Issue 5, 2017. October-November


TBILISI NEIGHBORHOODS: VAKE has teamed up with analyst and historian Emil Avdaliani to explore the history of Tbilisi's great neighborhoods. In this issue we will be exploring the Vake district.

Effectively a village until 1907, Vake (which means "plain" in Georgian) has transitioned from backwater to the most prestigious neighborhood in Georgia.

Prior to World War II, Tbilisi State University was Vake's only claim to fame.

Following the war, however, development in the district took off thanks to a general plan that envisioned the amenities aimed at attracting the communist elite: new, graceful streets, schools and plenty of parks. Architect Archil Kurdiani is credited with the projects that redefined Vake during that period.

Creating Chavchavadze Avenue

Initially the main street in Vake was known as Tskneti Road (currently Tskneti is the name of a Tbilisi suburb located in the hills overlooking Vake), which was later upgraded to Tskneti Street. The road ran from approximately the Philharmonia concert hall on Melikishvili Street to modern-day Tskneti. The street existed as far back as 1867, according to historical sources and documents, and was renamed University Street in the 1920s.

In 1935 it became known as Nicholas Marr Street and, after reverting back the University street name for a brief period, it became known as Ilia Chavchavadze Avenue in 1957.

That year, the city filled Varazi Gorge, which separated the Vake and Vera districts, closing the natural boundary that separated the two neighborhoods. Parts of Vera were filled in and a new street, Varazi Street, was created. Today the street is famous as the cobblestone road leading from Heroes' Square to Chavchavadze Avenue.

A Green District

The tree-lined streets, chic cafes, and architecture that Kurdiani envisioned attracting the communist elite have remained popular with Tbilisians and foreigners alike.

A main draw has traditionally been the district's parks, oases of green at the center of the city.

The largest park in the neighborhood, Vake Park, opened in the autumn of 1946 and was named Victory Park in honor of the 1945 victory that ended World War II. The park, which was initially more than 200 hectares (558 acres in size) is located about 2 km from the Tbilisi State University. There is no clear date for when "Victory Park" became "Vake Park" for the city: historians believe it was a gradual change that took place as Tbilisians sought to distance themselves from the city's Soviet heritage.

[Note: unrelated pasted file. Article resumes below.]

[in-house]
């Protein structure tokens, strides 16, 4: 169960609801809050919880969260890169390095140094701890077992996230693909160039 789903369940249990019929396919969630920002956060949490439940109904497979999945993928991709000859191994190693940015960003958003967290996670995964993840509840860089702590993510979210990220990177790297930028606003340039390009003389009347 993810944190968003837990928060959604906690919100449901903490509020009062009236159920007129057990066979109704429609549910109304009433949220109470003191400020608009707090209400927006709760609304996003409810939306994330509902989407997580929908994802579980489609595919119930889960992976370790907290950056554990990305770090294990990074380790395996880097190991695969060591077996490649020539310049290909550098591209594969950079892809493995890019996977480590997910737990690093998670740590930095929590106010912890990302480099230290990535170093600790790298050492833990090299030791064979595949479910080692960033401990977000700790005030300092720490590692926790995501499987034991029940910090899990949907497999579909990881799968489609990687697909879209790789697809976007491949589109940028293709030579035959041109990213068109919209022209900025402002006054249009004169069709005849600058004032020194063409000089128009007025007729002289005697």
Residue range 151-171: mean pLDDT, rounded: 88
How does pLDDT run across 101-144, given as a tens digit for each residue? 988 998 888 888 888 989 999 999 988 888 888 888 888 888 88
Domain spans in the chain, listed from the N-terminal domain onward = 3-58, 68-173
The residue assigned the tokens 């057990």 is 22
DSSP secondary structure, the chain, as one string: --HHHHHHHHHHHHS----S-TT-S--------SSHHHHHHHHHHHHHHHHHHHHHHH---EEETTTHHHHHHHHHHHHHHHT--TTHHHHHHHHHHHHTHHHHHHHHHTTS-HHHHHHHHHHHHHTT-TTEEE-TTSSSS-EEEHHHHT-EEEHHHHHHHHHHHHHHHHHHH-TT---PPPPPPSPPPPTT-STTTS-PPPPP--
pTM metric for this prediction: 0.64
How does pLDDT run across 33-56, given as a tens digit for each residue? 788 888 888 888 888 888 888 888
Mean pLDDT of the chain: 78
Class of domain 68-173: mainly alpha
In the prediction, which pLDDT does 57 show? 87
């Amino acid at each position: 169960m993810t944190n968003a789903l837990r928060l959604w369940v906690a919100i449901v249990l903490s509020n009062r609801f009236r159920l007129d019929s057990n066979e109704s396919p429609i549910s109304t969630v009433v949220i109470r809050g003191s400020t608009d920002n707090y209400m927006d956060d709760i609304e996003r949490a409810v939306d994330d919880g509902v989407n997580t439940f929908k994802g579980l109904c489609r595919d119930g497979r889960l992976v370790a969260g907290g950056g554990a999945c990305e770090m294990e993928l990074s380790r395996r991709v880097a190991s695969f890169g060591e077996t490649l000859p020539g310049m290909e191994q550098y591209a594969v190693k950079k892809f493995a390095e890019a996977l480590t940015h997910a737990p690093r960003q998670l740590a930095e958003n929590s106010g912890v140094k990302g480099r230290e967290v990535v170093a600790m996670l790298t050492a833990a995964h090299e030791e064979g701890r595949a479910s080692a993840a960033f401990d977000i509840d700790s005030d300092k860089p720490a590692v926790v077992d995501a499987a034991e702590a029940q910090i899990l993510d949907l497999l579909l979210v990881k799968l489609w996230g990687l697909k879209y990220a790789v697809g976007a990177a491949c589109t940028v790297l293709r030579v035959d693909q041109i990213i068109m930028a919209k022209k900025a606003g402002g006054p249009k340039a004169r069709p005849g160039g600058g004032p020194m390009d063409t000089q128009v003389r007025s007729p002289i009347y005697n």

Vake is also home to other major parks and recreation areas in the city, which add to its reputation as the district where Tbilisians go to shop, eat and relax.

A cable car connects Vake Park with Kus Tba (Turtle Lake), a popular spot in the summer for swimming and sunbathing - and a major attraction for runners and walkers all year round. The city's ethnographic museum is also accessible by cable car. The outdoor museum includes examples of traditional houses from every region of Georgia, plus great walking trails.

Vake is also home to Mziuri Park, the labor of love created by Georgian author Nodar Dumbadze, who envisioned it as a paradise for children. The park fell into disrepair in the 1990s, but has since been repaired and, according to some plans for the city, will eventually be expanded to join the city zoo in neighboring Saburtalo.

Vake - a hotspot in conservation debate

Today Vake remains a much-loved work in progress. Its ever-changing array of shops and cafes, and of course its parks, are so popular that the demand for housing in the neighborhood is driving a major building boom - and pushing the neighborhood into the spotlight of a public debate on what should be conserved and what can be changed in the city.

Over the past 200 years, Vake has seen buildings go up and come down. It has experienced the near magical impact of development, the power of a plan and some investment to turn a village into the cultural heart of the city. But it has also borne witness to the power of construction to erase history: Vake Park was built on the site where the newly created Soviet government executed 15 high-level Georgian military officers who fought against the new empire. And a few blocks away, near the building that currently houses the Turkish Embassy, once stood a religious seminary built in the early 20th century when the Tsarist government tried to reduce the influence of seminarians (like the young Joseph Stalin) by relocating them far from the city center.

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